Thursday, January 21, 2016

Raising Nice Girls

  Now before you start thinking this post is about how nice my girls are...it’s not.  Although I will say I think they’re getting better at being nicer more often.  

  I feel like my girls have both grown up so much this school year.  I’ve noticed changes in both of them, and it takes my breathe away sometimes.  It really wasn’t that long ago when their after-school festivities involved dressing up like a super hero (or a three musketeer princess), rearranging furniture to build forts, and sneaking snacks!  These days they're more in to just plopping down on a stool next to the counter to tell me every detail of their entire day!  I appreciate that they’ll do that though.  The social aspect of school is an education in and of itself.  The playground is tougher than it use to be!  I know mean-girl behavior has existed forever, but it’s really interesting to see some of these tendencies seep into the early elementary years.  

  I try to be careful about being that terrified parent who classifies everything as bullying though.  Some of it’s perceived, some of it’s provoked, but some of it’s real, and I guess that’s where we as parents have to make judgement calls - being attune to our child’s self-esteem and the social interactions that are affecting them - for better or for worse.  I can’t help but wonder what’s causing it though.  Girls wanting to be older than they are?  The excessive types of media made available to kids at such young ages?  Mean moms?  Who knows!  If anything, it’s started some healthy after-school conversations like - Are you saying hurtful things?  Are you telling secrets about other girls?  Are you upset when someone does a good job?  What do you think it means to be a good friend?  Are you concerned with what other girls look like or are you nice no matter what they look like and how they dress?  What’s the difference between being funny and making fun of someone?  Do you start “clubs” that exclude others?  Do you "wanna be” like someone else or do you “wanna be” YOU?  (The more I think about it, I need to ask myself these questions more often, too!)   

  It’s not easy helping girls to work through relationships, and I suspect it’s something I’ll be dealing with for a very long time, but through it all, I’m so very fortunate to have this experience - raising two beautiful daughters who are maturing the best they know how.  I’ll love them forever, I’ll like them for always - they can count on that.  Sad, but true - being nice doesn’t come naturally to most people.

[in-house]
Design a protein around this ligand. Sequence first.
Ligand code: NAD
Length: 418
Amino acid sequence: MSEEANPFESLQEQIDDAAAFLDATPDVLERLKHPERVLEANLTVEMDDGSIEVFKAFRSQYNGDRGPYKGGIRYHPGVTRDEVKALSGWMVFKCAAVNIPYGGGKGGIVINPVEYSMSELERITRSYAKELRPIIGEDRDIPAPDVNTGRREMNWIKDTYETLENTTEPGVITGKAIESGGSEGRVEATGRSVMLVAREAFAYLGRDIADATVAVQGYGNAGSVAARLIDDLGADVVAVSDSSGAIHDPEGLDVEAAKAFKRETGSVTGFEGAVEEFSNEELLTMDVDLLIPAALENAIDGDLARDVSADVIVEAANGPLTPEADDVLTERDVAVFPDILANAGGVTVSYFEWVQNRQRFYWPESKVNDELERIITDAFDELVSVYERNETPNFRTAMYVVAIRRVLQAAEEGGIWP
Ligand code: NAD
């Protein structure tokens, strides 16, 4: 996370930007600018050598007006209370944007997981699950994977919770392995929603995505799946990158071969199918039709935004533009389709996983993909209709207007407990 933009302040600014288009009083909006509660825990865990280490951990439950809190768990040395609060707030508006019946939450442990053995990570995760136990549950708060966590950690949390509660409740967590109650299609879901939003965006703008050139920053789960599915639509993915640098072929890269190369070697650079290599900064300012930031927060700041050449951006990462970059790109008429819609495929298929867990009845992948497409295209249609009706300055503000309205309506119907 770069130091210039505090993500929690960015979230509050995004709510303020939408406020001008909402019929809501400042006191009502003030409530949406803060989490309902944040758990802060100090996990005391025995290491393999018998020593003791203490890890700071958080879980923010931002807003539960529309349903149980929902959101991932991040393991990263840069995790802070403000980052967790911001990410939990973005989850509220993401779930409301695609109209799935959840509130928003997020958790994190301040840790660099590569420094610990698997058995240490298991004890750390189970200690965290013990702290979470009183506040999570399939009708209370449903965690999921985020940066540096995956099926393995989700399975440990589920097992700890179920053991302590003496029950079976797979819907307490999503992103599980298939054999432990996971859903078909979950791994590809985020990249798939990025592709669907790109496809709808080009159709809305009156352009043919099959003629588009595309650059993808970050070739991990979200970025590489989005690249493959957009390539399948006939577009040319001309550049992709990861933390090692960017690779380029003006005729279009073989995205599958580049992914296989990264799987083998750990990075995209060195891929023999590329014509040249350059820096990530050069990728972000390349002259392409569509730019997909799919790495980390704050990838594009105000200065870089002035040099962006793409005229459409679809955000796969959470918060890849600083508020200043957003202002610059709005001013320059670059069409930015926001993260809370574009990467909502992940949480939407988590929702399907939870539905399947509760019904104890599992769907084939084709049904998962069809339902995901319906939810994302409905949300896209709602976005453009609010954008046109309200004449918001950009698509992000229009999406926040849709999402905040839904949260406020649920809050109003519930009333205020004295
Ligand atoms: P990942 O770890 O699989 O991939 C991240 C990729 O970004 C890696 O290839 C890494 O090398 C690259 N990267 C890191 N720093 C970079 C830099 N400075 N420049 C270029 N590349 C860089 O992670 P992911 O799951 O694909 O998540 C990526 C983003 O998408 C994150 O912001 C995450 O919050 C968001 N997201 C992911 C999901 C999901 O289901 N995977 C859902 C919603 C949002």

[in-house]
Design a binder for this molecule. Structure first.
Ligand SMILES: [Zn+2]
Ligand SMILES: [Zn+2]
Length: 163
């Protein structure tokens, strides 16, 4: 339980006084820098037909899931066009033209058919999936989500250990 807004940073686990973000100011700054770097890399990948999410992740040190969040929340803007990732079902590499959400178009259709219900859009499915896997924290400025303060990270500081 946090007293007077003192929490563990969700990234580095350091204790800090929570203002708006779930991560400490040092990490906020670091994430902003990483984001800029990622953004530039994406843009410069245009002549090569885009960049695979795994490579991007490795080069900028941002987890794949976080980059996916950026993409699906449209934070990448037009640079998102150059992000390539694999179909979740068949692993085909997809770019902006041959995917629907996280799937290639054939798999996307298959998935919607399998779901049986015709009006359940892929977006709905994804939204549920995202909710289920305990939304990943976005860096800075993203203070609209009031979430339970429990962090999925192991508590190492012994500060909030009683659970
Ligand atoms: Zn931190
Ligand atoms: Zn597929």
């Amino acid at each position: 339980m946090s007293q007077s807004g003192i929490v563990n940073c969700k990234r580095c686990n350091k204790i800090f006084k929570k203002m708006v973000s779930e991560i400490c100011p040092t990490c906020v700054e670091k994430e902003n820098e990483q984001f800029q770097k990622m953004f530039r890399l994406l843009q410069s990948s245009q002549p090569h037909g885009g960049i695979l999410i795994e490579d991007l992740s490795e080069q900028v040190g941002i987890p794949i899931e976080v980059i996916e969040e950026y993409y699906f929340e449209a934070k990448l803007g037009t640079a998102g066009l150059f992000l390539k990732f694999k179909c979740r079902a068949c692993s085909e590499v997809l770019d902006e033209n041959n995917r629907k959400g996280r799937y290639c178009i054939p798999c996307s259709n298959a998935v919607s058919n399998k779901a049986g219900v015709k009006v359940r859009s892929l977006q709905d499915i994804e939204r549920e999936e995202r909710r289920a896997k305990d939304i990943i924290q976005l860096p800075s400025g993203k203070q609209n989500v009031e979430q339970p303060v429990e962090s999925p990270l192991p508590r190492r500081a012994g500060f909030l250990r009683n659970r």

But one thing’s for sure, we’ll continue to have plenty of opportunities to work on it here at home with each other.

PF7GSF2Q

AnnMarie, 3rd grade

WWG9E8Z8

 Carlie, 1st grade 

2 comments:

Steph Thomas said...

Such great questions. I am going to have to use these questions on my kids. Matthew is very sensitive to so many things and says things like "Mom you got super mad at me in the store." I gave him the look of, you know better than that, and that was him thinking that I was "super mad" at him. So when he tells me things, I always have to dig deeper and maybe find out what really happened. It is so hard not knowing what all is happening while they are away from you. Matthew said once that he wouldn't be able to wear his BYU sweatshirt to school because he would get made fun of. We talked about this and he finally decided he was going to just embrace it be prepared to stand of for whatever he wanted to wear. He came home saying nobody teased him. You are just incredible Sharee!!!
By the way, good just for blogging. I need to do that more.

Julie said...

You are raising beautiful nice girls. I love them so much. This brought back so many memories getting through some difficult days raising my beautiful children.